Murdoch was also the subject of a 50-minute PBS programme, Murdoch's Scandal, which aired in the US on Tuesday and in the UK on Wednesday. While it did not contain any major new revelations, the fact that a high-profile broadcaster aired such a programme in his adopted home was likely to have caused embarrassment.
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Met's PR chief Dick Fedorcio resigns after force opens disciplinary action

Met's PR chief Dick Fedorcio resigns after force opens disciplinary action:
IPCC inquiry finds Dick Fedorcio should face gross misconduct charge over his award of contract to former NoW executive
Scotland Yard's head of communications, Dick Fedorcio, has resigned immediately after the force opened disciplinary proceedings against him.
An inquiry by the Independent Police Complaints Commission (IPCC) into Fedorcio's award of a contract to Neil Wallis, the former deputy editor of the News of the World, found he had a case to answer for gross misconduct.
Fedorcio's resignation has curtailed any disciplinary action, but the IPCC will publish the inquiry's findings in the next few days.
Deborah Glass, the IPCC's deputy chair said: "In light of Mr Fedorcio's resignation today, [disciplinary] proceedings cannot now take place and I propose to publish our investigation report detailing our findings, in the next few days."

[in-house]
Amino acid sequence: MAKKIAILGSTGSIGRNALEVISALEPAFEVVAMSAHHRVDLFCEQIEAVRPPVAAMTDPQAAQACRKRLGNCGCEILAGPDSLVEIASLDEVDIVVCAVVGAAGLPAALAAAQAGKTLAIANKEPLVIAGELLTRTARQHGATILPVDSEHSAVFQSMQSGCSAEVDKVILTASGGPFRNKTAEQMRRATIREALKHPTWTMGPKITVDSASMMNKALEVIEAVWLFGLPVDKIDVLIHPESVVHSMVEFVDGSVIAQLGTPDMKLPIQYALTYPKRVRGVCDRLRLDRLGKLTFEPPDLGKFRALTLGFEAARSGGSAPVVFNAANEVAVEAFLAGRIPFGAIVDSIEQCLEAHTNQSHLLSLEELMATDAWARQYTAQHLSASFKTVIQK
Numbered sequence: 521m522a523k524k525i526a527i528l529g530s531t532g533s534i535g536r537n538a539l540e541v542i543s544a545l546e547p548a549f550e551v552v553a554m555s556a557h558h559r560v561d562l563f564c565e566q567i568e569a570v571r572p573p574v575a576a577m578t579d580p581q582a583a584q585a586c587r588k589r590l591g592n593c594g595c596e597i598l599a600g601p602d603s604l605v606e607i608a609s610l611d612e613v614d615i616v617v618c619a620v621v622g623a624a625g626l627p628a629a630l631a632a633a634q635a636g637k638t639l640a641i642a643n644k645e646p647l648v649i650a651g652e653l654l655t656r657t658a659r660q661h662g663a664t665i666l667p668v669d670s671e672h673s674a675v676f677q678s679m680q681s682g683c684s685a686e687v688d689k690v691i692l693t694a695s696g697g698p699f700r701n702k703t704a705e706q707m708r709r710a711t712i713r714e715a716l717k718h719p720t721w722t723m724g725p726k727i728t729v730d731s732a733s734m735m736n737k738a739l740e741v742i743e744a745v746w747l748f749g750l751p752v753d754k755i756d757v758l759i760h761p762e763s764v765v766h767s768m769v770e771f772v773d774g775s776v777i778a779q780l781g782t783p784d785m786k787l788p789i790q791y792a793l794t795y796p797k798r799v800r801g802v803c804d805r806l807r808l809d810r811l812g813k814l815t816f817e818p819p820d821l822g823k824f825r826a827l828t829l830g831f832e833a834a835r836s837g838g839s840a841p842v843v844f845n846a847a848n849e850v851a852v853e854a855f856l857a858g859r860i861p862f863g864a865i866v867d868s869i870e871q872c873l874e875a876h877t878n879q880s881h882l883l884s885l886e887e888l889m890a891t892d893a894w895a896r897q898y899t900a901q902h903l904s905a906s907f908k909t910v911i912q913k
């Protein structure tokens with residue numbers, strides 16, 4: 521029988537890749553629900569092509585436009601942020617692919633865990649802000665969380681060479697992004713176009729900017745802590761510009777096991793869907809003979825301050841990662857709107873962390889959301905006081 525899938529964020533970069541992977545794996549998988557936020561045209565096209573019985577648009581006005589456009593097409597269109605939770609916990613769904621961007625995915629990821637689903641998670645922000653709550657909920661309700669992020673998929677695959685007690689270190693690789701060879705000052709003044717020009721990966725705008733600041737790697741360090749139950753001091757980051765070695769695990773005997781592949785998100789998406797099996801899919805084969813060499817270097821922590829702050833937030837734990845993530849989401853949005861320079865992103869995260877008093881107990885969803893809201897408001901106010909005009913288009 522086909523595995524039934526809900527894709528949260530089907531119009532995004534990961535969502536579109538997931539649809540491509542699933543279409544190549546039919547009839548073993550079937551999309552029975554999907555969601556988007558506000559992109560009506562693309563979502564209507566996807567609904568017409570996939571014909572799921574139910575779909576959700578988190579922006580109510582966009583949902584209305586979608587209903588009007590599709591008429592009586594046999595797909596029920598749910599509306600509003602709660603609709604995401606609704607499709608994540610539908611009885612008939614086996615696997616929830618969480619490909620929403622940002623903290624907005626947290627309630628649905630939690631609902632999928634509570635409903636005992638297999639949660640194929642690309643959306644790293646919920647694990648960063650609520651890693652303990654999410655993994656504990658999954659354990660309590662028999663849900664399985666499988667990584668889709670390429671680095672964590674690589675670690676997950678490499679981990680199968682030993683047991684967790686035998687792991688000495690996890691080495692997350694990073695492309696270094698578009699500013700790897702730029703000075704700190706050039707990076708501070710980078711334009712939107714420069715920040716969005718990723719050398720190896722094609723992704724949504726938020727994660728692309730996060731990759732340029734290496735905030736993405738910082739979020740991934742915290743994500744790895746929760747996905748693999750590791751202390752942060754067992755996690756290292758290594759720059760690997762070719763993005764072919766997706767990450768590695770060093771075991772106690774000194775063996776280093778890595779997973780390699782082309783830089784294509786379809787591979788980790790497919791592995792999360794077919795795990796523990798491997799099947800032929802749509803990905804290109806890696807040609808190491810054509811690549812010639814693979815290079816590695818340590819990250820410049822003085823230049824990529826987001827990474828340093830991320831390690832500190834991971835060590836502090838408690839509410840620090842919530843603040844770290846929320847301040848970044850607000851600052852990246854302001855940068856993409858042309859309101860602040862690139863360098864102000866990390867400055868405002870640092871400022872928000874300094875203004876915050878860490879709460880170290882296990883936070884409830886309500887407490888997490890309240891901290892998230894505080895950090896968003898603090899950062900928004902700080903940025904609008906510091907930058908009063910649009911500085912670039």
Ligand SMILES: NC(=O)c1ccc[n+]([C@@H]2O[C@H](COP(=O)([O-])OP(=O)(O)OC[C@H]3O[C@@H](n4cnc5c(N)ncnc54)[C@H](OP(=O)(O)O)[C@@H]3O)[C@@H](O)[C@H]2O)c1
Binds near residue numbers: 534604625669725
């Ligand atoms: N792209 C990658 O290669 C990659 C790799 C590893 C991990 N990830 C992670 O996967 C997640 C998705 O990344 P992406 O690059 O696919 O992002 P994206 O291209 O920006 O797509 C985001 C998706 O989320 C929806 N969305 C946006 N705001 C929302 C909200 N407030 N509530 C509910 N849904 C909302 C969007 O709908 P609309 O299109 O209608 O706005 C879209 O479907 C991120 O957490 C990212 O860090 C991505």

Civilian police staff are able to resign once disciplinary proceedings are launched and as a result avoid those proceedings. In doing so Fedorcio will not now face any sanction as a result of the inquiry into his alleged gross misconduct. The rules are different for police officers.
Fedorcio was under scrutiny for his decision to hire Wallis to provide PR advice for the Metropolitan police.Wallis's company Chamy Media was paid £24,000 by the Met between October 2009 and September 2010.
Fedorcio had been on extended leave since August pending the investigation into his relationship with the former News of the World executive, who was arrested on suspicion of phone hacking last July but has not been charged.
Glass said: "Our investigation found that Mr Fedorcio has a case to answer in relation to his procurement of the contract for Chamy Media. Last week the Metropolitan Police Service proposed to initiate proceedings for gross misconduct and I agreed with that proposal."
Earlier this month the Leveson inquiry into press standards heard that Fedorcio invited people from leading PR firms Bell Pottinger and Hanover to submit rival bids for the contract that was awarded to Wallis.
Chairman Lord Justice Leveson suggested Fedorcio chose these companies because he knew they would be more expensive than the former News of the World executive, adding: "The point is, this is set up to get a result."
Fedorcio denied this, but confirmed that he initially wanted to award the contract to Wallis without any competition. Wallis offered his services as a PR consultant to the Met over lunch with Fedorcio in August 2009, the inquiry heard.